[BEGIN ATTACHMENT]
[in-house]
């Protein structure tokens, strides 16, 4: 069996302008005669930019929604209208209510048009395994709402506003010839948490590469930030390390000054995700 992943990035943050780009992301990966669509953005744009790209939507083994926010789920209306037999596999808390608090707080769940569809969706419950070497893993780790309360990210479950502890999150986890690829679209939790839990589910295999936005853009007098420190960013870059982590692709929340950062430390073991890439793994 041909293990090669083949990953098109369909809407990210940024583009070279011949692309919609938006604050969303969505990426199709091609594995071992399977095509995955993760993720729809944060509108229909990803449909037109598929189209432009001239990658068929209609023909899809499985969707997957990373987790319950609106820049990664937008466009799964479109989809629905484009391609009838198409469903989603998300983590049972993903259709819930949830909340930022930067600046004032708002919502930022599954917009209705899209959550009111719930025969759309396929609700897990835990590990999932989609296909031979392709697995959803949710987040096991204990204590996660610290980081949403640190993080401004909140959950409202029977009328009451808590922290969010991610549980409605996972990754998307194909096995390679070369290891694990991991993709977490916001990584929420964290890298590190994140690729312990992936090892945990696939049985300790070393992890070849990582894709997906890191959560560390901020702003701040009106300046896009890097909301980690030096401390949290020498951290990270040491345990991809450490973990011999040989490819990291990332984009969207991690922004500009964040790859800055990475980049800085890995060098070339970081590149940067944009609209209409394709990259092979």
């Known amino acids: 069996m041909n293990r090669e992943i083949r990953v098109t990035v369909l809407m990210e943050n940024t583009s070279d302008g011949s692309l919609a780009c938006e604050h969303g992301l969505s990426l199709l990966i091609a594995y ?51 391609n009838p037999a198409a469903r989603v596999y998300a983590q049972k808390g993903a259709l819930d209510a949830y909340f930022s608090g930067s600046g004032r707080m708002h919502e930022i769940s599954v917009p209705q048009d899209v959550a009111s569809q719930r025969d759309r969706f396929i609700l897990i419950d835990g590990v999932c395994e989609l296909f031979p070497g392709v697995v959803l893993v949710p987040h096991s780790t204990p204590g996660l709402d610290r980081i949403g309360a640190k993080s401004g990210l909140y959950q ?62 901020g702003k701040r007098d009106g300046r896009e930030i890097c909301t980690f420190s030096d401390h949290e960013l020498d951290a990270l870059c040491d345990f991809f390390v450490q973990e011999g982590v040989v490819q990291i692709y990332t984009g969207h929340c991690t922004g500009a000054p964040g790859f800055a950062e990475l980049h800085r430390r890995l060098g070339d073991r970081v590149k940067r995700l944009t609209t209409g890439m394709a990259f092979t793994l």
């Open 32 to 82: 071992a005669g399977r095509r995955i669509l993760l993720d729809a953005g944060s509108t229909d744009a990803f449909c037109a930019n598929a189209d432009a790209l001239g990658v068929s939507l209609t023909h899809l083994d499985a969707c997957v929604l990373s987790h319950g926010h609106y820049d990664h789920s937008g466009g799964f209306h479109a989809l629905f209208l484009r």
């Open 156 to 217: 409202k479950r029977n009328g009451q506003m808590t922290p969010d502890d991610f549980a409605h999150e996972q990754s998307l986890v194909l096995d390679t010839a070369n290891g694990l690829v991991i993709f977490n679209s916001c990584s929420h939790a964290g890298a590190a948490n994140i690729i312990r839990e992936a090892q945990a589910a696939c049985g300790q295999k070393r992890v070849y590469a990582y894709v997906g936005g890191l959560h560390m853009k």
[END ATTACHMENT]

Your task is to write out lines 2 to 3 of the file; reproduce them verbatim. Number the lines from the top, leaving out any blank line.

């Protein structure tokens, strides 16, 4: 069996302008005669930019929604209208209510048009395994709402506003010839948490590469930030390390000054995700 992943990035943050780009992301990966669509953005744009790209939507083994926010789920209306037999596999808390608090707080769940569809969706419950070497893993780790309360990210479950502890999150986890690829679209939790839990589910295999936005853009007098420190960013870059982590692709929340950062430390073991890439793994 041909293990090669083949990953098109369909809407990210940024583009070279011949692309919609938006604050969303969505990426199709091609594995071992399977095509995955993760993720729809944060509108229909990803449909037109598929189209432009001239990658068929209609023909899809499985969707997957990373987790319950609106820049990664937008466009799964479109989809629905484009391609009838198409469903989603998300983590049972993903259709819930949830909340930022930067600046004032708002919502930022599954917009209705899209959550009111719930025969759309396929609700897990835990590990999932989609296909031979392709697995959803949710987040096991204990204590996660610290980081949403640190993080401004909140959950409202029977009328009451808590922290969010991610549980409605996972990754998307194909096995390679070369290891694990991991993709977490916001990584929420964290890298590190994140690729312990992936090892945990696939049985300790070393992890070849990582894709997906890191959560560390901020702003701040009106300046896009890097909301980690030096401390949290020498951290990270040491345990991809450490973990011999040989490819990291990332984009969207991690922004500009964040790859800055990475980049800085890995060098070339970081590149940067944009609209209409394709990259092979």
């Known amino acids: 069996m041909n293990r090669e992943i083949r990953v098109t990035v369909l809407m990210e943050n940024t583009s070279d302008g011949s692309l919609a780009c938006e604050h969303g992301l969505s990426l199709l990966i091609a594995y ?51 391609n009838p037999a198409a469903r989603v596999y998300a983590q049972k808390g993903a259709l819930d209510a949830y909340f930022s608090g930067s600046g004032r707080m708002h919502e930022i769940s599954v917009p209705q048009d899209v959550a009111s569809q719930r025969d759309r969706f396929i609700l897990i419950d835990g590990v999932c395994e989609l296909f031979p070497g392709v697995v959803l893993v949710p987040h096991s780790t204990p204590g996660l709402d610290r980081i949403g309360a640190k993080s401004g990210l909140y959950q ?62 901020g702003k701040r007098d009106g300046r896009e930030i890097c909301t980690f420190s030096d401390h949290e960013l020498d951290a990270l870059c040491d345990f991809f390390v450490q973990e011999g982590v040989v490819q990291i692709y990332t984009g969207h929340c991690t922004g500009a000054p964040g790859f800055a950062e990475l980049h800085r430390r890995l060098g070339d073991r970081v590149k940067r995700l944009t609209t209409g890439m394709a990259f092979t793994l």